You can see how this gets the club closer to the ground and it gets it wanting to ground out back here. Now that’s an exaggeration, but if I do too much of that club to the inside, ground out, boom, that’s a chunk.
Now if I’m lucky enough to miss the ground and not chunk it, now the club’s working back up into the ball and you thin it across the green.
So really, the chunk shot and the thin shot are the same thing. Everything’s falling right, falling underneath.
This rubber band is also awesome for that. Because what it does is when I make my backswing, because there’s a little bit of tension here, I’m typically going to keep this club head outside of my hands and arms.
As I make this backswing when I’m looking from down the line, you’re going to see how this club head is not in here, it’s staying a little bit out.
Then from there, all I need to do is keep my body left and rotate through to the finish. Now when I get to the finish, I want to make sure my chest is over my hips and everything is rotated on through.
What I don’t want to do is go here, fall this way and not finish, so fall to the right. A great little tip for that is when you set up, go ahead and set up with your spine a little bit farther forward, or almost the opposite of what you would do in your full swing.
We know from the Top Speed Golf System, that we have to have a little spine tilt away in the full swing. In the short game, it’s actually the opposite of that.
I want to have my spine basically straight up and down, so that I can keep that low point very consistent. The most common question I get there is why do I have to have it different for the full swing and the short game?
Well, in the short game, it’s all about consistency and hitting one point. You don’t have to create any power. If we would do it the same way in the full swing, if we never had to hit it over 150 yards.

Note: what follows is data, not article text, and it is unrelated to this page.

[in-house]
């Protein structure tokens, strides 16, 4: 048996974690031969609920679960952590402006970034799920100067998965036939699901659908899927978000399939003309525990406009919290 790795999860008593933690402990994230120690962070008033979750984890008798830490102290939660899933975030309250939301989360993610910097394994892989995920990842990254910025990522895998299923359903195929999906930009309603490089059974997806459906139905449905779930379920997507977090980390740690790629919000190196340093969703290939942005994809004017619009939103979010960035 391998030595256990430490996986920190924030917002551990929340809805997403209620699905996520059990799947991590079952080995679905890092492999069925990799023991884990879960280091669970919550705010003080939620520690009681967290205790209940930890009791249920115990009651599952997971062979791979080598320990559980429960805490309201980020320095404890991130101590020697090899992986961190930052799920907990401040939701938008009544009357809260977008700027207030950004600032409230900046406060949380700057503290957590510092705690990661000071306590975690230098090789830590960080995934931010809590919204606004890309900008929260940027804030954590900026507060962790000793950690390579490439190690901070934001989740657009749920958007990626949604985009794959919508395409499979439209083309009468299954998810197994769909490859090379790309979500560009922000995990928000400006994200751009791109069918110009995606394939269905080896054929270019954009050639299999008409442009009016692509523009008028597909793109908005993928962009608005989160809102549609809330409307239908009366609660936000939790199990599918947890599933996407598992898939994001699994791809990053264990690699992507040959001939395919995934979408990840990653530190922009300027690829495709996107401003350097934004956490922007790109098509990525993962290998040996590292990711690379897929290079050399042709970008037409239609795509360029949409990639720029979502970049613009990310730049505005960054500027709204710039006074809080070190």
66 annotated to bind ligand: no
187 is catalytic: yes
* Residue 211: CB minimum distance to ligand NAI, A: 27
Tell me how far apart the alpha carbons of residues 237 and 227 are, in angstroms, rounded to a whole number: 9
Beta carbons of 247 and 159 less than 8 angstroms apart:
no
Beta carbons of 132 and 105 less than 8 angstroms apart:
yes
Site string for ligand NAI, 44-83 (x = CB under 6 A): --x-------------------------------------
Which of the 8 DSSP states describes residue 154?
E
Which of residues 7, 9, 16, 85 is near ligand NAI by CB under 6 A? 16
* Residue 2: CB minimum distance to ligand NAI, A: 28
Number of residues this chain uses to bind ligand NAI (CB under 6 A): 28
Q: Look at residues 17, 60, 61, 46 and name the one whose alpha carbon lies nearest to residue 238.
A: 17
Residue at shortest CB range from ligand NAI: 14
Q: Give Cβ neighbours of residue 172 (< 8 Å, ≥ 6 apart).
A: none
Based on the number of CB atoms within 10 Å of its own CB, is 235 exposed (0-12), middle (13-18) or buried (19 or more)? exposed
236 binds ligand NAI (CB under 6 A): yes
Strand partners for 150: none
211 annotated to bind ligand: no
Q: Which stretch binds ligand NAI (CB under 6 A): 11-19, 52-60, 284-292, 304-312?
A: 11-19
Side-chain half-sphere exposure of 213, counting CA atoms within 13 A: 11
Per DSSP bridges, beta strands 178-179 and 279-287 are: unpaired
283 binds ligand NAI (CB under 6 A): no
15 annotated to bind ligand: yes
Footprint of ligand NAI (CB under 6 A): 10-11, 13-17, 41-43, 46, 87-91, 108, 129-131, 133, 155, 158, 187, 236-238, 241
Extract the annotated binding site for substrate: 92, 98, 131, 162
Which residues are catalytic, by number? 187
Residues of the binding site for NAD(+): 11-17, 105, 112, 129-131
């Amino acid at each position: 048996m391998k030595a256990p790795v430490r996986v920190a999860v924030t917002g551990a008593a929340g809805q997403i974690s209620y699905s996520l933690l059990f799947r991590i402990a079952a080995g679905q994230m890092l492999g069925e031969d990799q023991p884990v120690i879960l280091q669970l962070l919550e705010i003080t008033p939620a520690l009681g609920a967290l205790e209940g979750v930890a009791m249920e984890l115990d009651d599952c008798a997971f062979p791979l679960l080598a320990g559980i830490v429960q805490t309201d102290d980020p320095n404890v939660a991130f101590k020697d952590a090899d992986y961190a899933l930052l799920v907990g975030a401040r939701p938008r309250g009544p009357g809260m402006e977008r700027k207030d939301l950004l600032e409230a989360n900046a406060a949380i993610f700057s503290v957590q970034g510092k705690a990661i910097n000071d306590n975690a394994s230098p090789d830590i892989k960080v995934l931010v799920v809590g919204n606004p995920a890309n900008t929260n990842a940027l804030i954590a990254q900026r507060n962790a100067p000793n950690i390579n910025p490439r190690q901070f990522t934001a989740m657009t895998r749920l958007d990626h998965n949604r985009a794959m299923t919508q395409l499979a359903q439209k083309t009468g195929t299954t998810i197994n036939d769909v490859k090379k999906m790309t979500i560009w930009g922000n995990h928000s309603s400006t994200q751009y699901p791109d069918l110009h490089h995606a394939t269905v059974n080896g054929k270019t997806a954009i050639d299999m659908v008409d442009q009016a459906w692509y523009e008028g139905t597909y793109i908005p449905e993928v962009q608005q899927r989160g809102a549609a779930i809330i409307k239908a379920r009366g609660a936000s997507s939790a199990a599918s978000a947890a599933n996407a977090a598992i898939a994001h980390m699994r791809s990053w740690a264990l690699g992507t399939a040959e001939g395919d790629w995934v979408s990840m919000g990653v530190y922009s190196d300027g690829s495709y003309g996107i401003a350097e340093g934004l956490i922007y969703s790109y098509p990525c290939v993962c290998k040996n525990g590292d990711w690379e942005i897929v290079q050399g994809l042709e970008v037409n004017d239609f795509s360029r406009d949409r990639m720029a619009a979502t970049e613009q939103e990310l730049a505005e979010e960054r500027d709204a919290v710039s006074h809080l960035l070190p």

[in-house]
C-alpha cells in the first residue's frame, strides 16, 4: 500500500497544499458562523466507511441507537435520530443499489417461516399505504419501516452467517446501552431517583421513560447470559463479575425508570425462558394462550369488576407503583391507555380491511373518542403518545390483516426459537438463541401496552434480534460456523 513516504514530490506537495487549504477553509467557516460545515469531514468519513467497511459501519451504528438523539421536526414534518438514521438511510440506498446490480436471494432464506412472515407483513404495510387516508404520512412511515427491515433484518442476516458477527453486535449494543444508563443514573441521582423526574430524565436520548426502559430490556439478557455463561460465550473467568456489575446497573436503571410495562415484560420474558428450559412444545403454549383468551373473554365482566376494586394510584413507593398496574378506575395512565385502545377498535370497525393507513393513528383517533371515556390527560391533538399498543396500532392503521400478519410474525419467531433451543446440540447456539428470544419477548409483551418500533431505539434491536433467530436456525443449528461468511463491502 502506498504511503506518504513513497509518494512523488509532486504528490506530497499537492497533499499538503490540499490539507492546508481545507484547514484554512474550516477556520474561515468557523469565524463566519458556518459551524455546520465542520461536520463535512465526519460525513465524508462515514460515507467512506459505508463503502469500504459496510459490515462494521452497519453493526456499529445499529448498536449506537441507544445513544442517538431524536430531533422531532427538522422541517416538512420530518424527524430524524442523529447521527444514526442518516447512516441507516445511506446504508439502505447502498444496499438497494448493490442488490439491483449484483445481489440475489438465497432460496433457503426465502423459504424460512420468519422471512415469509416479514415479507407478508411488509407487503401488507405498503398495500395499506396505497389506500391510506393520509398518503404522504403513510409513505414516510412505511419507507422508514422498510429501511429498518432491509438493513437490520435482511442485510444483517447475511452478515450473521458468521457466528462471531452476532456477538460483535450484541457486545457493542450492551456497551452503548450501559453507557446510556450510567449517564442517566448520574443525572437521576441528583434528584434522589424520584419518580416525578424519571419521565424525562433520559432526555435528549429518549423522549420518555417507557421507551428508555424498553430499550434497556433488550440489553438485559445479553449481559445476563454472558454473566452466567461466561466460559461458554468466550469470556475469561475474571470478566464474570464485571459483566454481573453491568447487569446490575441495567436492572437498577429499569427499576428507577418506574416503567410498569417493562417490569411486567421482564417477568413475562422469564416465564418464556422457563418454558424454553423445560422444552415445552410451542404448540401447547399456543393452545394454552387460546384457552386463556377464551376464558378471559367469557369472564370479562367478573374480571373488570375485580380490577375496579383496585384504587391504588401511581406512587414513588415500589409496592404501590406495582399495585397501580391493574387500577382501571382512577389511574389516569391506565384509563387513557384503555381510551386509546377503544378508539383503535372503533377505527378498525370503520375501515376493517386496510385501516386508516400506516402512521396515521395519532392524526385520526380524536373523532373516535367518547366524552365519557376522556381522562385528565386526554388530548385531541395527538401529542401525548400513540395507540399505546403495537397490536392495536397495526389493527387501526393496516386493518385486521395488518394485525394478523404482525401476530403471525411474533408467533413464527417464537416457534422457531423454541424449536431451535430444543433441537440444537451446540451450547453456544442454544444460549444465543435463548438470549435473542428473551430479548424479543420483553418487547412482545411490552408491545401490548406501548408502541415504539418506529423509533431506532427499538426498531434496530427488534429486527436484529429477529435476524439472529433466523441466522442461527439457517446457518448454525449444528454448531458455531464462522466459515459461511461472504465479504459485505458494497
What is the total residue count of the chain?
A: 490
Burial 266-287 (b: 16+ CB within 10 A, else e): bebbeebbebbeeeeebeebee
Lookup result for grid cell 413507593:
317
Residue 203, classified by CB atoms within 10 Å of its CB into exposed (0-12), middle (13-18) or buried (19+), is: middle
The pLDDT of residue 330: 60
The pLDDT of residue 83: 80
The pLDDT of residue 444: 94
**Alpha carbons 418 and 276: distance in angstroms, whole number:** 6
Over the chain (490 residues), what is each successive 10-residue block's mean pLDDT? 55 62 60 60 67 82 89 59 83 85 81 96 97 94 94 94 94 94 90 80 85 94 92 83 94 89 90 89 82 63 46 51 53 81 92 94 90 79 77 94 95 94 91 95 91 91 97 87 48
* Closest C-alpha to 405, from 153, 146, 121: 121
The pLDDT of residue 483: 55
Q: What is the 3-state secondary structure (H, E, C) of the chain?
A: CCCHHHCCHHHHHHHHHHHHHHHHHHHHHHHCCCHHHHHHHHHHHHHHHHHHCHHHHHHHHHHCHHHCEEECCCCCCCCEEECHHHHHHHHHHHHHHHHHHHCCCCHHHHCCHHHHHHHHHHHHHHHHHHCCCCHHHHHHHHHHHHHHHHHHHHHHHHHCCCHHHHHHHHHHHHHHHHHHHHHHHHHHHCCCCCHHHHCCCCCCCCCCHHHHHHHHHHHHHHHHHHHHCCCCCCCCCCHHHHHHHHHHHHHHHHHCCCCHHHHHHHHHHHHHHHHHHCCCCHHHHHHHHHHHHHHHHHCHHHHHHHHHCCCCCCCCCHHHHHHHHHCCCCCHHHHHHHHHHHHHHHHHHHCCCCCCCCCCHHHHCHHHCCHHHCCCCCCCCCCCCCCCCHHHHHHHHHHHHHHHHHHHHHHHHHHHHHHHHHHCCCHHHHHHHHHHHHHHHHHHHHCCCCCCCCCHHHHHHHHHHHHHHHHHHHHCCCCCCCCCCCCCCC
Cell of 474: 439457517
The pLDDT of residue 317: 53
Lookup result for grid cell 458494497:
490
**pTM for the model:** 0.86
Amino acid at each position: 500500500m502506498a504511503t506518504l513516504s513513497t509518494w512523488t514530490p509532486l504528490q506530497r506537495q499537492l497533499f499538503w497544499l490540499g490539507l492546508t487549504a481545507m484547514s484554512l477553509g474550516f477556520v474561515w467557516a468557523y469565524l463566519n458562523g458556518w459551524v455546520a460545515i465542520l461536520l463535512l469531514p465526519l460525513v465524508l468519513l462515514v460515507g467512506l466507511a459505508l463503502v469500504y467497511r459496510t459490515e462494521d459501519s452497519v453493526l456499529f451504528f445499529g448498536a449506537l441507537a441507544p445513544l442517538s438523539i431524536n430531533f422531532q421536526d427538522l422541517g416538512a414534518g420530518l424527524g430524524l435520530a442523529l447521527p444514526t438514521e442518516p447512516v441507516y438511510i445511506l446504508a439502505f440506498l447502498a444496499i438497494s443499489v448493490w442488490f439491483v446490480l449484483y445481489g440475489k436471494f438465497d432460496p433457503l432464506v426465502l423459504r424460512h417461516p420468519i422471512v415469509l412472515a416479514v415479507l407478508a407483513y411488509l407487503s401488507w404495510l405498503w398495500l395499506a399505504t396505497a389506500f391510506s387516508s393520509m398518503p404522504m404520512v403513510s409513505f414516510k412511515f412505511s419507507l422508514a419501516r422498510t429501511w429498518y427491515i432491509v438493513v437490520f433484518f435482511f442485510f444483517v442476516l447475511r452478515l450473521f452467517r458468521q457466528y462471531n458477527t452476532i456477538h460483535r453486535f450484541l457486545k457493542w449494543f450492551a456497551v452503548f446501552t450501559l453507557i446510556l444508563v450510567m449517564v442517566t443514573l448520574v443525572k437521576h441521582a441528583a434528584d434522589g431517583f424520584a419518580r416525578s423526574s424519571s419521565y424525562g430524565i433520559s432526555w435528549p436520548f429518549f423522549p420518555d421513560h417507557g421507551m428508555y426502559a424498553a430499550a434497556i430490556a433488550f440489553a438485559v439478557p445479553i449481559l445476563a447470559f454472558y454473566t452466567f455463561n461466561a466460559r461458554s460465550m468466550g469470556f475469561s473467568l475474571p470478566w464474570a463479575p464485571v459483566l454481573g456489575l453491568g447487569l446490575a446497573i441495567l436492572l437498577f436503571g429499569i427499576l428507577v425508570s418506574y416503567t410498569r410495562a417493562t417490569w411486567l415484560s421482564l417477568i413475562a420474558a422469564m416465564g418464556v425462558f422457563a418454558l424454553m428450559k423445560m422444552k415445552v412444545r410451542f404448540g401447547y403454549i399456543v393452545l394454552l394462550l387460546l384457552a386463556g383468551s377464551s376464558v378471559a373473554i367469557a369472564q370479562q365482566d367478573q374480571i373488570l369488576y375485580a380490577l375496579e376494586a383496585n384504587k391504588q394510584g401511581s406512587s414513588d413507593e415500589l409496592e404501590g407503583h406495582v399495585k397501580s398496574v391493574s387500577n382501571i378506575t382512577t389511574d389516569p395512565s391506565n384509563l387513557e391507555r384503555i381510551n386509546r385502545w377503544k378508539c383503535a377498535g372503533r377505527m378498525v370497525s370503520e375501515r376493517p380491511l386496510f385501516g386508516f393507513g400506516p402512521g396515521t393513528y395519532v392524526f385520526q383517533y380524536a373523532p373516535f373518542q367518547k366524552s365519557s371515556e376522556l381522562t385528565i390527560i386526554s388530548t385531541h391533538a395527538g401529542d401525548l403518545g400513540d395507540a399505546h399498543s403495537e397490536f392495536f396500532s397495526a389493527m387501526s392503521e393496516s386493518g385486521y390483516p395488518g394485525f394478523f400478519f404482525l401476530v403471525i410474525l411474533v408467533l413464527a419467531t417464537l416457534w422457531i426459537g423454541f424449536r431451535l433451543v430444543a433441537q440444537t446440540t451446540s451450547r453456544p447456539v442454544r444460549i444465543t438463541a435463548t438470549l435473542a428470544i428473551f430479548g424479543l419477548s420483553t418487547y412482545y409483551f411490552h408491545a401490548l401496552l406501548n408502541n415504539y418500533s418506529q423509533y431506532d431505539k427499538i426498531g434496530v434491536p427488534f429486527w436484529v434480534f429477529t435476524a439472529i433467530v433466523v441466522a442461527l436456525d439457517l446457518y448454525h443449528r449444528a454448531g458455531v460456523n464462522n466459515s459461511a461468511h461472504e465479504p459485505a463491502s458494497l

This is the most consistent way of doing it. But unfortunately, golf requires some power. You have to get behind the golf ball to really create a lot of power. When we’re close to the green, we don’t power.
We just need it to be consistent. I’m going to set up with my upper body a little bit more to the left. I’m going to visualize this rubber band, staying connected. Club head’s outside, and then I’m just going to rotate on through.
Now if I do that, things just get super, super easy here. Let’s go ahead and try another one out. There we go, two in a row. Both within a foot and a half of the hole. Not going to do much better than that.
Now what about shots that are a little bit farther away? Maybe you have a 40, a 60, an 80-yard shot? How in the heck do the pros get it right on the money every single time?
How do they know if they’re 40 yards, or 50 yards, or 60 yards, how do you feel that? There’s actually a system that you can follow.
You’ll hear most people refer to this as a clock system. It’s actually not the clock system itself, not taking it back a certain distant that makes all the difference in the world.
It’s the rhythm, the tempo, and the timing that allows this to happen and be very, very consistent with it. Well that’s just one example of something that I’m going to teach you in The Short Game System of the Top Speed Golf System -- Short Game section of the Top Speed Golf System.
We talked about here today how to hit these really clean pitches and chips. Hey, when you use this method it gets really easy, but that’s not the complete short game.
Let me show you how to control your distance wedges. Let me show you how to play those easy bump and runs.
Let me make you really a complete short game player, so that you never have to worry about getting up and down again.
I can’t wait to share with you some of the real secrets that I’ve learned over the years, and help you out. Go ahead and go on over to the Top Speed Golf, go to the Instruction tab, Top Speed Golf System.
Go to The Short Game section, and I’m going to show you a lot of these secrets there. Check it out next after you do this drill. I can’t wait to see you there.